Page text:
In my experience, it’s all about who you know, so I would say to network and meet as many people as you can, but be genuine with your relationships. Don’t just try and be friends with someone because you think they might be able to help you. Work hard and remember you’re there to do a job first and have fun second. Reliable people are hard to find, so don’t be flaky.

What does a classic day on tour look like for you? Which tasks do you have? What do you enjoy and what is less enjoyable?

It really depends on what role I’m doing on what tour. I had one day in summer 2019 that stretched for 24-hours working from load in to load out, whereas on my last tour in February, I was able to take a nap in the afternoons which was very luxurious. I generally like being on the move, so any task that has me moving around is always great. Less enjoyable are the uncomfortable conversations you sometimes have to have with people to keep the machine moving. That’s never fun for me (or probably anyone I suppose).

Women are still in short supply in the music industry. What do you think is the reason for this and what should change?

I’ve been lucky to not always be the lone woman on the road, but the ratio of men to women is still fully outrageous. I suppose the simple reason for this is that it’s often hard to break systems unless a conscious effort is made. In the last few years though, I’ve seen a rise in women touring in the industry in many different roles; bus & truck drivers, pyro & lighting technicians, audio engineers, etc. There is still a long way to go, but I remain positive it’s only getting better.

Calender

How and when did the idea with the calendar come to your mind?

Seven weeks ago, I was folding t-shirts at Evil Greed, thinking about what I could do to help raise some money this year, and the idea of making a calendar popped into my head.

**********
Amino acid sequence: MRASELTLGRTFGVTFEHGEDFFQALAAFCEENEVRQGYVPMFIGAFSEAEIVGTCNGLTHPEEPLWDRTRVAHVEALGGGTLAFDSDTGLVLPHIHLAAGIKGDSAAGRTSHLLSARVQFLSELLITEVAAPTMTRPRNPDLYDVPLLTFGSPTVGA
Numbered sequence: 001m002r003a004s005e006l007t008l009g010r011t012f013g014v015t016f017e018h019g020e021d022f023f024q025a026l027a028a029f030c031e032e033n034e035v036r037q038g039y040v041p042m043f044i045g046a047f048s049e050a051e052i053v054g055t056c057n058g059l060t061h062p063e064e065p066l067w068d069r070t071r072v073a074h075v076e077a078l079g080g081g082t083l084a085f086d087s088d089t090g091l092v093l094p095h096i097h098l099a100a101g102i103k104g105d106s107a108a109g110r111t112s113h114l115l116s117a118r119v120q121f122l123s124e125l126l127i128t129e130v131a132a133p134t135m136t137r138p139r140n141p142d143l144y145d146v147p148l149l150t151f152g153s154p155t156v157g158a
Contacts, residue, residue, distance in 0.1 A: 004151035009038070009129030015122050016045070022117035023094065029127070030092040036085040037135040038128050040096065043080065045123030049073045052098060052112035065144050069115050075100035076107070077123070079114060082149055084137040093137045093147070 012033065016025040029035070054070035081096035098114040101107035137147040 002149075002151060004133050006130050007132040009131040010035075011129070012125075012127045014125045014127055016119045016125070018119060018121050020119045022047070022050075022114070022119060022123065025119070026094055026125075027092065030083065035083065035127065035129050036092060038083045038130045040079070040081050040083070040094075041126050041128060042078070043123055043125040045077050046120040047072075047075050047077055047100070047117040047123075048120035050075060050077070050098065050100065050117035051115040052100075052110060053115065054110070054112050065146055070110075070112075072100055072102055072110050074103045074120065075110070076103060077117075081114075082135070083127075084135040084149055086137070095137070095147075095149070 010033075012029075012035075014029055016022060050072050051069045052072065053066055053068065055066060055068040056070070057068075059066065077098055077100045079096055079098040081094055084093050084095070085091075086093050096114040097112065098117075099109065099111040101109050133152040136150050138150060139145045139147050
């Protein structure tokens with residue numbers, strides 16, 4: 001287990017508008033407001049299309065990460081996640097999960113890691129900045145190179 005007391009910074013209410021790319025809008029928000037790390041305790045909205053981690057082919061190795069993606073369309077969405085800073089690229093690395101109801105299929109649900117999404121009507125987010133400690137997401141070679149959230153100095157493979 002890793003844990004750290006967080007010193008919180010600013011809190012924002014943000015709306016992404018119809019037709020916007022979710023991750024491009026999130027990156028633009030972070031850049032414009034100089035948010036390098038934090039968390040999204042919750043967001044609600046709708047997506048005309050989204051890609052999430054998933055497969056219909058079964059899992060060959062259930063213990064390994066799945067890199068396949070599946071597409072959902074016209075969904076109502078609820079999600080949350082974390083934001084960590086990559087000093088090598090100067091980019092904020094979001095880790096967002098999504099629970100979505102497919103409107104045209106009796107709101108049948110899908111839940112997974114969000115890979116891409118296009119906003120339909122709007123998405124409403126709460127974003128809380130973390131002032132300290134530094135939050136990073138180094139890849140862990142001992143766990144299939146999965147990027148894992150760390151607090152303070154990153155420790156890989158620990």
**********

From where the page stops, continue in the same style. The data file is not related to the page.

‚The time is now‘- how did the title come about?

What it means to me, is that the time is now for things to finally change. That’s not necessarily just meaning for women in music either. If this year has taught me anything, it’s that we can no longer go on living how we have been.

The calendar can only be ordered until 10 December. Why this short period of time?

I was speaking with a colleague and he said that generally speaking, you sell most of what you are going to sell with a pre-order item within the first week. At that point, the calendar will have been on sale for 14 days. There are some boring logistics involved, but basically, I want to try and make sure everyone, including our international customers, receives it by the end of the year.

How did you choose the photographers? What do you like about their work?

I started by first asking Martina Wörz if she was interested. I know her the best out of the whole group. From there, it was just a snowball of recommendation to recommendation. I like that a lot of the photos looks like beautiful art to me.

What was important to you when selecting the charities?

I think all the charities are really great, but I did not select any of them. I wanted the photographers to feel a little more connected to the project, so each of them chose one for the proceeds to be donated to.

What connects you with Evil Greed?

I am currently working at Evil Greed. The project wouldn’t have been possible without them or my friend Kaytee Trudeau.

What is so special about this calendar? Why should we all order one?

Aside from it showcasing the work of 13 incredible women, and that all profits are being donated; throughout the calendar there are also some prominent women in history’s birth dates listed, along with a tidbit of info from their inspiring lives. I definitely learned a lot researching all of the names.

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Mental Health

When did you first realize that you suffer from depression and anxiety? How did you learn to live with it?

I’d say I realized this in the last five years or so. And let me start off by saying that this is something I generally don’t speak that openly about, especially to write this down in a public forum. It absolutely gives me great anxiety to do so. I would rather never speak about it, but I know that it will eat me alive if I don’t so I’ve been trying to be more open about it in the last few years. We all tell each other “it’s okay not to be okay” but then I still feel like a lot of us are walking around pretending with a smile pasted on our faces. People are dying by suicide – People we would all never think are suffering. We need to all start opening up and sharing the darkness we’re independently but collectively going through and normalize it. This is me trying to help normalize it.